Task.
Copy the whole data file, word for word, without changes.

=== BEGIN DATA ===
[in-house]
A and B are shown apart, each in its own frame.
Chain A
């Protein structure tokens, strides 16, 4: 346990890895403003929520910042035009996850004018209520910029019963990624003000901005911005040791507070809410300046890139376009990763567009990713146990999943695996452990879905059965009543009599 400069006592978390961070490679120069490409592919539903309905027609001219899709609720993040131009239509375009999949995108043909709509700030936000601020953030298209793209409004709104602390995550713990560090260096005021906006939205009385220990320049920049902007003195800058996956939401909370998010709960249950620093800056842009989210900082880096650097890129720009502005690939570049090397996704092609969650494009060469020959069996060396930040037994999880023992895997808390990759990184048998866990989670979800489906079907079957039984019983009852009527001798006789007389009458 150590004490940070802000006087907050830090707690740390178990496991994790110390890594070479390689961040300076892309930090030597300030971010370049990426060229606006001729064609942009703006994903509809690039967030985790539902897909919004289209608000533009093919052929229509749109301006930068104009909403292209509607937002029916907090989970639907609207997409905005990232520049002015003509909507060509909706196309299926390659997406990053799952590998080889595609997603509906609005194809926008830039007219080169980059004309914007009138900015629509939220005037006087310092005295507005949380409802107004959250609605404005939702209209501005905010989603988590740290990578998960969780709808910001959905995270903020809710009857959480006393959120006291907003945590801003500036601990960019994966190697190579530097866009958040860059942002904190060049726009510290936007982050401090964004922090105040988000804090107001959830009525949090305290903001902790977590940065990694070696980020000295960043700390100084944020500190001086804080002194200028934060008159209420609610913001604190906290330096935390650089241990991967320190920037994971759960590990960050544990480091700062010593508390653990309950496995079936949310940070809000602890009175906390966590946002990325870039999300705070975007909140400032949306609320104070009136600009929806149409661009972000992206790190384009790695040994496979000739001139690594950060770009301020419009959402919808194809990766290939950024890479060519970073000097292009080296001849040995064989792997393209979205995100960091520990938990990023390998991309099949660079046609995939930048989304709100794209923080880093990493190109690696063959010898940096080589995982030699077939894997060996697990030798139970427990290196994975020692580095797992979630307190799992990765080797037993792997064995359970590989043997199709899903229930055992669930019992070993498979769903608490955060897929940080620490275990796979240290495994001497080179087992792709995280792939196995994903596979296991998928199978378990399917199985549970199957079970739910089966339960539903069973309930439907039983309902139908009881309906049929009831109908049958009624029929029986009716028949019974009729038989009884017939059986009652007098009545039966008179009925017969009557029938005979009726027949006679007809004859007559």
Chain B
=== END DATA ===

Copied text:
[in-house]
A and B are shown apart, each in its own frame.
Chain A
């Protein structure tokens, strides 16, 4: 346990890895403003929520910042035009996850004018209520910029019963990624003000901005911005040791507070809410300046890139376009990763567009990713146990999943695996452990879905059965009543009599 400069006592978390961070490679120069490409592919539903309905027609001219899709609720993040131009239509375009999949995108043909709509700030936000601020953030298209793209409004709104602390995550713990560090260096005021906006939205009385220990320049920049902007003195800058996956939401909370998010709960249950620093800056842009989210900082880096650097890129720009502005690939570049090397996704092609969650494009060469020959069996060396930040037994999880023992895997808390990759990184048998866990989670979800489906079907079957039984019983009852009527001798006789007389009458 150590004490940070802000006087907050830090707690740390178990496991994790110390890594070479390689961040300076892309930090030597300030971010370049990426060229606006001729064609942009703006994903509809690039967030985790539902897909919004289209608000533009093919052929229509749109301006930068104009909403292209509607937002029916907090989970639907609207997409905005990232520049002015003509909507060509909706196309299926390659997406990053799952590998080889595609997603509906609005194809926008830039007219080169980059004309914007009138900015629509939220005037006087310092005295507005949380409802107004959250609605404005939702209209501005905010989603988590740290990578998960969780709808910001959905995270903020809710009857959480006393959120006291907003945590801003500036601990960019994966190697190579530097866009958040860059942002904190060049726009510290936007982050401090964004922090105040988000804090107001959830009525949090305290903001902790977590940065990694070696980020000295960043700390100084944020500190001086804080002194200028934060008159209420609610913001604190906290330096935390650089241990991967320190920037994971759960590990960050544990480091700062010593508390653990309950496995079936949310940070809000602890009175906390966590946002990325870039999300705070975007909140400032949306609320104070009136600009929806149409661009972000992206790190384009790695040994496979000739001139690594950060770009301020419009959402919808194809990766290939950024890479060519970073000097292009080296001849040995064989792997393209979205995100960091520990938990990023390998991309099949660079046609995939930048989304709100794209923080880093990493190109690696063959010898940096080589995982030699077939894997060996697990030798139970427990290196994975020692580095797992979630307190799992990765080797037993792997064995359970590989043997199709899903229930055992669930019992070993498979769903608490955060897929940080620490275990796979240290495994001497080179087992792709995280792939196995994903596979296991998928199978378990399917199985549970199957079970739910089966339960539903069973309930439907039983309902139908009881309906049929009831109908049958009624029929029986009716028949019974009729038989009884017939059986009652007098009545039966008179009925017969009557029938005979009726027949006679007809004859007559």
Chain B